Sri Lanka exports, imports fall, trade gap shrinks September

Nov 05, 2012 (LBO) – Sri Lanka’s exports fell 6.6 percent to 801.5 million US dollars in September 2012 from a year earlier while imports fell at a faster 25.4 percent to 1.31 billion US dollars, official data showed. Sri Lanka ran into a balance of payments crisis from mid 2011 when authorities printed money to sterilize foreign exchange sales as large volumes of credit were taken by state enterprises to manipulate energy tariffs.

But in February 2012, energy tariffs and interest rates were raised, and sterilized foreign exchange sales were gradually scaled down. The rupee fell from 110 to 134 levels to the US dollar before moving back to 130 levels.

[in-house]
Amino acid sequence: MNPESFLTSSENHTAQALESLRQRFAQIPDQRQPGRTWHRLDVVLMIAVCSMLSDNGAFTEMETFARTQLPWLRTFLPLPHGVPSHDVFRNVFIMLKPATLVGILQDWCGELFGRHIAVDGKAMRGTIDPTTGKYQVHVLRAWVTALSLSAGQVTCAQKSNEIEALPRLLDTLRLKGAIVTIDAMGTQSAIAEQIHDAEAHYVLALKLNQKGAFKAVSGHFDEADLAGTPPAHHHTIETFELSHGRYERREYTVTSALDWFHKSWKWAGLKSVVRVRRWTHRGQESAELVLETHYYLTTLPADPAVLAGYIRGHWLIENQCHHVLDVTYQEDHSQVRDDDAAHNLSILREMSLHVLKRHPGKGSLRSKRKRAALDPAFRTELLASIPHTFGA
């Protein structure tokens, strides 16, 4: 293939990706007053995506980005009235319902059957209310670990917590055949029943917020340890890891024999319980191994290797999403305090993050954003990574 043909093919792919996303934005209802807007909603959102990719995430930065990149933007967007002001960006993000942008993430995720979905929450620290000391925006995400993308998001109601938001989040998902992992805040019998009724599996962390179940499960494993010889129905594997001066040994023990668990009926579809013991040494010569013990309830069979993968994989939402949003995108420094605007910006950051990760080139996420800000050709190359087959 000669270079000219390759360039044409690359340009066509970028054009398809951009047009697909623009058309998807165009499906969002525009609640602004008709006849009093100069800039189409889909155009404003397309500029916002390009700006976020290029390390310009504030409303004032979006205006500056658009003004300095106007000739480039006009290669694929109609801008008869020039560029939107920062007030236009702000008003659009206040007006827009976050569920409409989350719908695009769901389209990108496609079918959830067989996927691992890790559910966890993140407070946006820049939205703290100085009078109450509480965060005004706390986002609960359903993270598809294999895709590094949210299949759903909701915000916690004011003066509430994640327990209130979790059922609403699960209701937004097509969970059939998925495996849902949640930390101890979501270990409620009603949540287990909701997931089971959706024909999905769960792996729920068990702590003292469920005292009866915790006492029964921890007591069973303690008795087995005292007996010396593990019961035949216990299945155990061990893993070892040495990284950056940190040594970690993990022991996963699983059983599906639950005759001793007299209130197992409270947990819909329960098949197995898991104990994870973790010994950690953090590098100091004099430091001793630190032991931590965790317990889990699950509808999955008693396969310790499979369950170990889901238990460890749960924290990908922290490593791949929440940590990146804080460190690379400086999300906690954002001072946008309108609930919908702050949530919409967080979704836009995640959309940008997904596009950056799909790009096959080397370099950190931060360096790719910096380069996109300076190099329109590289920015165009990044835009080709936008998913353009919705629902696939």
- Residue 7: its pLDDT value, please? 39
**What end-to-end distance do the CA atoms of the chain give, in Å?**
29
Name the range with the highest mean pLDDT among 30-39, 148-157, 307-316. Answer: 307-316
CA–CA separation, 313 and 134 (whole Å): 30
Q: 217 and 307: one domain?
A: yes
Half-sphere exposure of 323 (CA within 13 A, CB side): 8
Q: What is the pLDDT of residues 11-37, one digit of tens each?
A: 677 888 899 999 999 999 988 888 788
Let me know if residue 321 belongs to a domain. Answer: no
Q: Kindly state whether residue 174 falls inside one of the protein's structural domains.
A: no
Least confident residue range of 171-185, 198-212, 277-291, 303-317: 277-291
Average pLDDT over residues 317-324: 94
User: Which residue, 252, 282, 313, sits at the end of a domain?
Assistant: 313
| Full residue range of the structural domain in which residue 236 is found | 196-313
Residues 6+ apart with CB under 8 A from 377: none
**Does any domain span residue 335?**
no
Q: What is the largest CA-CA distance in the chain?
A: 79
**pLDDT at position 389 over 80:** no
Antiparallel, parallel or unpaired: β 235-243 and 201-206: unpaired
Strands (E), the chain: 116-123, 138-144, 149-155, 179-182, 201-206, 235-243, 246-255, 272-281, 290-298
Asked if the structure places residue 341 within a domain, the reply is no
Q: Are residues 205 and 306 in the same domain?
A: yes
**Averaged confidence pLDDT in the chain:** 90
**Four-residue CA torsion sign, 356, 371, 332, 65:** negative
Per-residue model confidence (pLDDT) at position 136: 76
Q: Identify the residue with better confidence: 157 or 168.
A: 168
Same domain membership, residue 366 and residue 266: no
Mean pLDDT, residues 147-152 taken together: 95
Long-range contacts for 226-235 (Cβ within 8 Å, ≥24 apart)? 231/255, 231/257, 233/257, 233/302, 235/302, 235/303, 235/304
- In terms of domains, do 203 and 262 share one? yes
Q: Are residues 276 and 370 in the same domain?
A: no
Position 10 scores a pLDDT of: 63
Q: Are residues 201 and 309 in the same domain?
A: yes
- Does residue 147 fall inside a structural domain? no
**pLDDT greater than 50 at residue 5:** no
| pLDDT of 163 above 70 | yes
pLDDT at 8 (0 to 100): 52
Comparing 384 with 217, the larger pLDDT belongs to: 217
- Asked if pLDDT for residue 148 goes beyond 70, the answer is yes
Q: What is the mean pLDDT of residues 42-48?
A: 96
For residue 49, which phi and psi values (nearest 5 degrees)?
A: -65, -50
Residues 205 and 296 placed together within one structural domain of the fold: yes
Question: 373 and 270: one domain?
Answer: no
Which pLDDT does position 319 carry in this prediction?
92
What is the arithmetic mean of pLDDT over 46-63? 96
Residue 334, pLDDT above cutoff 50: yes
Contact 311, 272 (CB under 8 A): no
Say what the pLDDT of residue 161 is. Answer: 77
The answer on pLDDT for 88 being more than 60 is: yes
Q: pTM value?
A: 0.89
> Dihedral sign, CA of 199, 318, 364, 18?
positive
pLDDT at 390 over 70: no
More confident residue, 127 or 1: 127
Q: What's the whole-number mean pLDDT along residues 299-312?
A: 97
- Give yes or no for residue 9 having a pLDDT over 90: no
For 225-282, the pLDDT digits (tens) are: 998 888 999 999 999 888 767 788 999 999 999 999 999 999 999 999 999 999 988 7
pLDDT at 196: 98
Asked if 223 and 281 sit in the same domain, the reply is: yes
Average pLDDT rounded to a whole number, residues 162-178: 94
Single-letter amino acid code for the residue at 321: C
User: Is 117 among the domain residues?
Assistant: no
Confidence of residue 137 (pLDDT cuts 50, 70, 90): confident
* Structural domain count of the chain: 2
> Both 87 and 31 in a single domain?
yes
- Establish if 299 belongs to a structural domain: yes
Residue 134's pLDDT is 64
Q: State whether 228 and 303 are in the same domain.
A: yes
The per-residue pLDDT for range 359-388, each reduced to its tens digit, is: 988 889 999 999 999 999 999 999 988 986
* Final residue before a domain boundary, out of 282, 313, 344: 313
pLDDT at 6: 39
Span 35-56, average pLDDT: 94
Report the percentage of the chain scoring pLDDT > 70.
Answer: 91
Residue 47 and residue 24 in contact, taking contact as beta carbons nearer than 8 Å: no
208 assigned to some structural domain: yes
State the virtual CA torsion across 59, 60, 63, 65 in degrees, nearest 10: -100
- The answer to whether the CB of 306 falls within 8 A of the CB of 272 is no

The finance ministry also jacked up taxes on cars through a mid nigh gazette singling out the item in a display Mercantilist policy making.

Analysts say the total volume of imports would not fall due to a jacking up of car taxes, as credit that would have gone for cars would be used for other activities including construction which in turn would trigger imports.

But raising interest rates and currency depreciation (which makes everyone poorer) act neutrally to slow economic activity and rebalance imports to fit the export earnings.

The Central B